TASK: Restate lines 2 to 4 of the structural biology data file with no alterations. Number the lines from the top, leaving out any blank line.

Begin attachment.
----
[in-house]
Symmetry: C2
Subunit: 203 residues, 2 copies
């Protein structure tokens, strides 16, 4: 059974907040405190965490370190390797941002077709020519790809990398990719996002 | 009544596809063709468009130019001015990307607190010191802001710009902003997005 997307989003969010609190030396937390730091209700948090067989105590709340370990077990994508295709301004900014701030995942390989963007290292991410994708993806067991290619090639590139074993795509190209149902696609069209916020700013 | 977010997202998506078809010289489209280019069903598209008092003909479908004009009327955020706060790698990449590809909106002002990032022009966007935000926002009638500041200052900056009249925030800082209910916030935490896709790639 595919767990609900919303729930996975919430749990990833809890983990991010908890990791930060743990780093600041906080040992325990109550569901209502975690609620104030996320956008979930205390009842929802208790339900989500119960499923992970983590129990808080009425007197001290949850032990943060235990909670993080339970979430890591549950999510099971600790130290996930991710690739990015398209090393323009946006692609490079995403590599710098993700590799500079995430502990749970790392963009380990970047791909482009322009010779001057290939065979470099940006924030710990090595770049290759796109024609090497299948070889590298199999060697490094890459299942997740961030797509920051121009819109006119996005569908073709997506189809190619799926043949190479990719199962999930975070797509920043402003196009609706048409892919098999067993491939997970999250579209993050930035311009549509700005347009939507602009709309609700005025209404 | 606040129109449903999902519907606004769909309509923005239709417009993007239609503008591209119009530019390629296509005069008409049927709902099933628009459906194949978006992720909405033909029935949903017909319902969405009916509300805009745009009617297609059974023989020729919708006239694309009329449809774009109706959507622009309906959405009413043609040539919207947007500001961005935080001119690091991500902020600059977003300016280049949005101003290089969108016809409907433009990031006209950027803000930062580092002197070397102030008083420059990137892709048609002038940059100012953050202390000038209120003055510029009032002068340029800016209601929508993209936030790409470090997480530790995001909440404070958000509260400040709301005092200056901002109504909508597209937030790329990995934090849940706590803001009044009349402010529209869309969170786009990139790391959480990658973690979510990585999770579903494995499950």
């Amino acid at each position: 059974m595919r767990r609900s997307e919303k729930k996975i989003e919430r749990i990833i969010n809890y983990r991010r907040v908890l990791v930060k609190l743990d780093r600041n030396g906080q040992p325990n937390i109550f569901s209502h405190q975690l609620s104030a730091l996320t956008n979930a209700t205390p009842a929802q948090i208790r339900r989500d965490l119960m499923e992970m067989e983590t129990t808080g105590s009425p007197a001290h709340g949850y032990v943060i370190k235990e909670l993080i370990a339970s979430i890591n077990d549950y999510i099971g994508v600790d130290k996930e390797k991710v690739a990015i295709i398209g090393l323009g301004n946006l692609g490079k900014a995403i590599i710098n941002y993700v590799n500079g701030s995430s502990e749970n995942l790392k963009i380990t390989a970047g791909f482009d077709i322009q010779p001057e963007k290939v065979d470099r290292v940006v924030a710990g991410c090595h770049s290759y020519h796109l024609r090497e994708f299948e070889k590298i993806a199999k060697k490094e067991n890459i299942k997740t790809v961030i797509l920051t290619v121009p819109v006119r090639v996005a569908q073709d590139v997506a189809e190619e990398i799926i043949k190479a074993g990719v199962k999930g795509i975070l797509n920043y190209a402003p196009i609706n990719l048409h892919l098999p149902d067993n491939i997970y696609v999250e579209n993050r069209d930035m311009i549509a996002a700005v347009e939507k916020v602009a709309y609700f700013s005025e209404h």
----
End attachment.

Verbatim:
Symmetry: C2
Subunit: 203 residues, 2 copies
């Protein structure tokens, strides 16, 4: 059974907040405190965490370190390797941002077709020519790809990398990719996002 | 009544596809063709468009130019001015990307607190010191802001710009902003997005 997307989003969010609190030396937390730091209700948090067989105590709340370990077990994508295709301004900014701030995942390989963007290292991410994708993806067991290619090639590139074993795509190209149902696609069209916020700013 | 977010997202998506078809010289489209280019069903598209008092003909479908004009009327955020706060790698990449590809909106002002990032022009966007935000926002009638500041200052900056009249925030800082209910916030935490896709790639 595919767990609900919303729930996975919430749990990833809890983990991010908890990791930060743990780093600041906080040992325990109550569901209502975690609620104030996320956008979930205390009842929802208790339900989500119960499923992970983590129990808080009425007197001290949850032990943060235990909670993080339970979430890591549950999510099971600790130290996930991710690739990015398209090393323009946006692609490079995403590599710098993700590799500079995430502990749970790392963009380990970047791909482009322009010779001057290939065979470099940006924030710990090595770049290759796109024609090497299948070889590298199999060697490094890459299942997740961030797509920051121009819109006119996005569908073709997506189809190619799926043949190479990719199962999930975070797509920043402003196009609706048409892919098999067993491939997970999250579209993050930035311009549509700005347009939507602009709309609700005025209404 | 606040129109449903999902519907606004769909309509923005239709417009993007239609503008591209119009530019390629296509005069008409049927709902099933628009459906194949978006992720909405033909029935949903017909319902969405009916509300805009745009009617297609059974023989020729919708006239694309009329449809774009109706959507622009309906959405009413043609040539919207947007500001961005935080001119690091991500902020600059977003300016280049949005101003290089969108016809409907433009990031006209950027803000930062580092002197070397102030008083420059990137892709048609002038940059100012953050202390000038209120003055510029009032002068340029800016209601929508993209936030790409470090997480530790995001909440404070958000509260400040709301005092200056901002109504909508597209937030790329990995934090849940706590803001009044009349402010529209869309969170786009990139790391959480990658973690979510990585999770579903494995499950």